Now It All Makes Sense (Russian Regime Change)

  • A clear example of bungled sanctions
  • Translating Biden’s testy word salad
  • Team Biden’s SPR stratagem
  • Inflation takes a toll on American consumers
  • Update: Another salvo in the food-labeling wars
  • Readers’ terrified reactions to attacks on sovereign nations.

From Jim Rickards’ lips to the corporate media’s ears…

washington post

It was on Tuesday Jim declared the sanctions “a complete failure” judged by their “strategic aims.”

This morning, the Russian ruble has recovered nearly all of its steep losses against the U.S. dollar since Russia invaded Ukraine on Feb. 24.

The clearest example of the sanctions’ failure is this: It appears Germany will pay for Russian natural gas in rubles — albeit in a roundabout, face-saving way.

Today is the deadline Moscow set for “unfriendly countries” to start paying for their natgas in rubles. That’s a big deal because European Union nations get 40% of their gas from Russia.

For a day or two, the EU issued pro-forma statements of defiance. Early yesterday, the German government warned its citizens about the prospect of natgas rationing.

But it seems that’s all over now: German Chancellor Olaf Scholz got on the phone with Vladimir Putin and came to terms.

Per a statement from the German government, European companies can continue to pay in euros or dollars. The money will be processed through the banking arm of the Russian gas giant Gazprom, which will then convert the euros and dollars to rubles.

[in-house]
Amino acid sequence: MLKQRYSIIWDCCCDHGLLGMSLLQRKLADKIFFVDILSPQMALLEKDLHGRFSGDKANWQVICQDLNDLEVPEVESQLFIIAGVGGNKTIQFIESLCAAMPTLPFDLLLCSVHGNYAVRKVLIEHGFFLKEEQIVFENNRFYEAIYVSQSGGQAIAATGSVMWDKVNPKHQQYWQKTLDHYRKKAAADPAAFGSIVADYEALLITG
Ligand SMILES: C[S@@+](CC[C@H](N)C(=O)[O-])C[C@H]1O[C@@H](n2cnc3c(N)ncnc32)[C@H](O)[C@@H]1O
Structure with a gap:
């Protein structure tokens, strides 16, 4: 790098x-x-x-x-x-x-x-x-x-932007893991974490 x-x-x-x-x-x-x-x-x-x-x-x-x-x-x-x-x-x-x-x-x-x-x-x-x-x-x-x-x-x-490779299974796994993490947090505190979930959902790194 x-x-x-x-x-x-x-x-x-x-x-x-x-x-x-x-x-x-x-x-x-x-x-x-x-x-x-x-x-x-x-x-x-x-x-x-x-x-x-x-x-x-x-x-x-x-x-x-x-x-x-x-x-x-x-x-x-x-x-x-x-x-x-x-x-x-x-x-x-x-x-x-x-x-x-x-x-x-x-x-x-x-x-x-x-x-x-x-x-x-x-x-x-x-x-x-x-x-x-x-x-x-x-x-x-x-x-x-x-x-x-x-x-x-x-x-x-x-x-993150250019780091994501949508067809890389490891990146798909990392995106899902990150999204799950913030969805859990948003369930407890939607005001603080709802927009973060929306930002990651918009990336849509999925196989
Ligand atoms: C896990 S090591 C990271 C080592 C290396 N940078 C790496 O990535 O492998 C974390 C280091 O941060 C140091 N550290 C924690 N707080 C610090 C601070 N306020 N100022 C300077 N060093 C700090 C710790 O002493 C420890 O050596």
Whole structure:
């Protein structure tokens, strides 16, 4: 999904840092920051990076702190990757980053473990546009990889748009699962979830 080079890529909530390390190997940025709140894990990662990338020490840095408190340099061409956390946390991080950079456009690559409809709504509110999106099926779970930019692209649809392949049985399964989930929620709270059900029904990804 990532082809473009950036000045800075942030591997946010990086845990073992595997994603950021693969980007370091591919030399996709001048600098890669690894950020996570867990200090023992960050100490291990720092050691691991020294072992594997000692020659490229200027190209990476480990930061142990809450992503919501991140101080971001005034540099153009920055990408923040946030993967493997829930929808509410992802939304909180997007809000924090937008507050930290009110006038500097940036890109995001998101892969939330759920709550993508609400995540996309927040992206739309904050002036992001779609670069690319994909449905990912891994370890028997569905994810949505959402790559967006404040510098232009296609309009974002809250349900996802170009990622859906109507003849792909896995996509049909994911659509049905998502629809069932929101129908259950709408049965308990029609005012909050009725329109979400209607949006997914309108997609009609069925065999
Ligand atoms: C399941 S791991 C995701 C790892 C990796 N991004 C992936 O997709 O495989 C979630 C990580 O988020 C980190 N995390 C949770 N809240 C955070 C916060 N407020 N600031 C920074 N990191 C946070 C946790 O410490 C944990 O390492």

The broad outlines of the deal were surely hashed out beforehand by underlings. It was a win-win triumph of diplomacy — sober-minded diplomats doing, you know, diplomatic things.

In contrast, America’s top diplomat — Secretary of State Antony Blinken — appears utterly uninterested in diplomacy.

For most of this week, Russian and Ukrainian negotiators have been meeting in Turkey. By all indications, they’ve made progress. Ukraine appears willing to give up any aspirations of membership in the NATO alliance… ready to recognize Crimea as Russian territory… and prepared to recognize Ukraine’s Russian-speaking far east as an independent republic.

But Blinken is unimpressed, saying he sees no indication talks are moving in a “constructive way.” Any signs of Russian troops pulling back? That could simply be Putin seeking to “deceive people and deflect attention.”


It’s at this point we have to come back to Joe Biden’s testy word salad last week during his trip to Europe.

After Biden announced still more sanctions against Russia, a reporter asked him how he expects the sanctions to deter Putin.

“Sanctions never deter,” Biden snapped. “The maintenance of sanctions — the maintenance of sanctions, the increasing the pain, and the demonstration — why I asked for this NATO meeting today — is to be sure that after a month, we will sustain what we’re doing not just next month, the following month, but for the remainder of this entire year. That’s what will stop him.”

It made zero sense to us… until veteran reporter Joe Lauria, who once covered the diplomacy beat at the United Nations for The Wall Street Journal, pointed to an earlier Biden statement.

This one came hours after Russia invaded and Biden announced sanctions. What would they accomplish, he was asked, seeing as previous sanctions failed to deter Putin’s invasion?

His response: “No one expected the sanctions to prevent anything from happening. That has to sh- — this is going to take time. And we have to show resolve, so he knows what’s coming and so the people of Russia know what he’s brought on them. That’s what this is all about.”

Now it all makes sense: The U.S. government needed this war to achieve Russian regime change.

“Without it,” Lauria writes at Consortium News, “Washington could not attempt to destroy Russia’s economy, orchestrate worldwide condemnation and lead an insurgency to bleed Russia, all part of an attempt to bring down its government. Joe Biden has now left no doubt that it’s true.”